Lolita: But we're not in a court of law. We're in a forest.

Moose: Hmm. I suppose you're right. But, even still, let's keep this strictly to the facts—the facts of how we are to exterminate these farm animals!

Then, in a stroke of genius, Edwina realized that one important piece of information was missing from this case. She motioned for Lolita, and the two talked privately for a second before turning back to the Mule and Cow.

Edwina: Excuse me for asking, but what exactly is your crime?

Mule: You know what? The moose never told us.

Cow: We don't know what we've done.

Mule: Things like this are not good. Downright bad, if you ask me.

Cow: This reminds me of a poem, "The Tyrannical Oppressionist and the Pussy Cat." I could recite it if you'd like.

Lolita: No, thank you. We've had quite our fill of twisted poetry today.

Mule: Are you implying that our poetry is twisted?

Lolita: Yes. Just as your logic is twisted.

Edwina: Logic? Cousin, that is hardly logic. It is closer to illogic.

Cow: So now you're saying that we're illogical?

Mule: Well, what if some logical person logically discovered that our illogical logic was in fact logical logic, and that your logic was more illogical than our illogic?

The girls did not even bother to answer. They turned back to the moose, hoping to end this nonsense.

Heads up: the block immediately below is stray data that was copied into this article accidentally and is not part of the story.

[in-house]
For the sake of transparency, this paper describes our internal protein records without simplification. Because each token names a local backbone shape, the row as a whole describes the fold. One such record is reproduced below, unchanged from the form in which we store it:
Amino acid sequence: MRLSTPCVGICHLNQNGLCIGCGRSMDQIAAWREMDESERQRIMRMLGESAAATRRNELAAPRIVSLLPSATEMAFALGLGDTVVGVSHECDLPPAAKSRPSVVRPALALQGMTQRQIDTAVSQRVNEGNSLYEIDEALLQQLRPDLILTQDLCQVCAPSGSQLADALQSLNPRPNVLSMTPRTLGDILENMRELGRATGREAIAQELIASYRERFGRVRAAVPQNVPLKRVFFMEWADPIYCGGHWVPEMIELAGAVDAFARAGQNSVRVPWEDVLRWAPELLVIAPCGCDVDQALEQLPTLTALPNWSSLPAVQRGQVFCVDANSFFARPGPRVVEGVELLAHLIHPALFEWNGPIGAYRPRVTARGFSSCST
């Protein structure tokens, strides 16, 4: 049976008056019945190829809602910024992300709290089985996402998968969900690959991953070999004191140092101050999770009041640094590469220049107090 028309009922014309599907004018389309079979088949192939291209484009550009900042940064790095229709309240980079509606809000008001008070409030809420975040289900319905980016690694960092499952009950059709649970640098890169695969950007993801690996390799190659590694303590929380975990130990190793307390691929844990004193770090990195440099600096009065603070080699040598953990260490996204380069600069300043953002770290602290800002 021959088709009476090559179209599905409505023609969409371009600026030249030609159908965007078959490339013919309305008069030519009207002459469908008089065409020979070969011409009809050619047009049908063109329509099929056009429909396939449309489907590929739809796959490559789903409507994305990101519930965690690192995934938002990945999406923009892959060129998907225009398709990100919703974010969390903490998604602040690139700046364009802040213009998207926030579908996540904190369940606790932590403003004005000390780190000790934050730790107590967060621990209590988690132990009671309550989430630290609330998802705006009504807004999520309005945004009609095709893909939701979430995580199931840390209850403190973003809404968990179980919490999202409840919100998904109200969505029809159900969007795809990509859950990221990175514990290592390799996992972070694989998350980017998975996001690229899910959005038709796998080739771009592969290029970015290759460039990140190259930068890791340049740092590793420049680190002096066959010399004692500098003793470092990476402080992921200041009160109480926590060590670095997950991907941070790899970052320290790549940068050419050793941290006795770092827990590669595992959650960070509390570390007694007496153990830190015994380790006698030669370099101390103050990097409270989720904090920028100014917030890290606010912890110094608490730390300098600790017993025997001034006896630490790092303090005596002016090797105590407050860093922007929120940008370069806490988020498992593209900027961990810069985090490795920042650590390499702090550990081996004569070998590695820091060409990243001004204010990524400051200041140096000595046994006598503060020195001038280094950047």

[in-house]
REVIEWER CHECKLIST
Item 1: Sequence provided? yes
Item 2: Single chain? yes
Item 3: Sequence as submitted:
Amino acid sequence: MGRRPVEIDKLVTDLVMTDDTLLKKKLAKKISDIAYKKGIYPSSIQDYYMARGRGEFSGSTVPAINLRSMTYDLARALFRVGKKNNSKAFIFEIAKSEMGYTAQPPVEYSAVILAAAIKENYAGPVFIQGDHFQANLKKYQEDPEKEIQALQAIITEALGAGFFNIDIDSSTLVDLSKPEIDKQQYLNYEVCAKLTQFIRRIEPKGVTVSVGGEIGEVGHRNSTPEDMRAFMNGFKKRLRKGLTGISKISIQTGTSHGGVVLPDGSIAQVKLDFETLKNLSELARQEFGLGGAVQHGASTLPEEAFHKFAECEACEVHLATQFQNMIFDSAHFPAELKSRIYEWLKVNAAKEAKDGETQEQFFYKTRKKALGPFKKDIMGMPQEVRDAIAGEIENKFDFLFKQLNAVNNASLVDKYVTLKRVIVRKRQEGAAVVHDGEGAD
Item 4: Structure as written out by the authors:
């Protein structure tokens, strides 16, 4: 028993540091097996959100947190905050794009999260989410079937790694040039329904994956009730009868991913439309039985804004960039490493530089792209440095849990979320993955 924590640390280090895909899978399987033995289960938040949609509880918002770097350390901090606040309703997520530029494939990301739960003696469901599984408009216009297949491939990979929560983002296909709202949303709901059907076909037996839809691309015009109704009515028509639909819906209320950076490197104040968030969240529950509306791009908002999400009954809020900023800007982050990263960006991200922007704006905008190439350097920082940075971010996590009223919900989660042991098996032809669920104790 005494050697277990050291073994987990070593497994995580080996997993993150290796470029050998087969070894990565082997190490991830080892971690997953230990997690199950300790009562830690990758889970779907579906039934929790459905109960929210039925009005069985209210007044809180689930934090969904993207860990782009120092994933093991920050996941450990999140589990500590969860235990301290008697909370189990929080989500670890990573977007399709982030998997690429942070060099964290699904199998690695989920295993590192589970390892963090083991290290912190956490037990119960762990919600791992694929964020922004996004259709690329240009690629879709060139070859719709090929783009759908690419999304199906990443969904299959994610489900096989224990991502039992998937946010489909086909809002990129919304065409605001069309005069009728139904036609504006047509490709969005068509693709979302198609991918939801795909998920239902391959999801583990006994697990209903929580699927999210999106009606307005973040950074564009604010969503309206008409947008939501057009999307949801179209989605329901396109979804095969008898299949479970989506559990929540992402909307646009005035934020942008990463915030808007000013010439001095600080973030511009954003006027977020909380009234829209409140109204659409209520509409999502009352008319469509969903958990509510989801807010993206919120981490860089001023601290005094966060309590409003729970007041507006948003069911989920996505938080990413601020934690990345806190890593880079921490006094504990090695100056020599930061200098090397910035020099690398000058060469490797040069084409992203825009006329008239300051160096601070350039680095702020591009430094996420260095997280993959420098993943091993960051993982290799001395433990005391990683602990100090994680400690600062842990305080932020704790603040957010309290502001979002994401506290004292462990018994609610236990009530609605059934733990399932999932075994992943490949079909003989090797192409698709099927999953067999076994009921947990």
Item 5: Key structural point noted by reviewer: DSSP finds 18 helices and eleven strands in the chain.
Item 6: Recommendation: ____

Edwina: Excuse me, Mr. Moose, but what exactly was the mule and cow's crime?

Moose: Being farm animals, of course!

Edwina: Well it looks to me like you were fighting just for the sake of fighting. Being a farm animal is no crime, and they cannot be punished for such a non-crime.

Lolita: For shame! Mr. Moose. For shame!

Edwina: How dare you fight against your animal brethren. Don't farm animals have the same rights as the forest animals? Are you not the same deep down inside?

Lolita: For the sake of all that has hair, sir, look into your heart! Can you not find any room to love a few more animals? Can't you just get along?

There, in that forest clearing, a miracle took place. For the first time since the beginning of time, farm and forest animal found it in their hearts to live in harmony. And, if you looked hard enough, you could almost see a tear forming in the corner of the moose's eye.

Moose: Well... There's only one thing to do in a situation like this: let's make toast!

For you see, in the moosish culture, the eating of toast together was a sign of friendship.

Mule: I—I can understand you, Moose.

Edwina: Of course you can understand each other. You could all along. You were just too stubborn to listen.

Lolita: Now we must be on our way. It's getting pretty dark.

And, after saying goodbye, they were on their way.

Moose: Well, now that this is settled, let's go make some toast.

Cow: Without butter, of course.


Mother: And so the three of them did, sitting hand-in-hand around a campfire, eating toast without butter, and singing happy songs of fun and friendship.

Billy: And, let me guess, they—

Mother: Yes, they did. The moose, the mule, and the milking cow lived happily ever after.


The following comments are for "The Moose, the Mule, and the Milking Cow"
by Nate Wood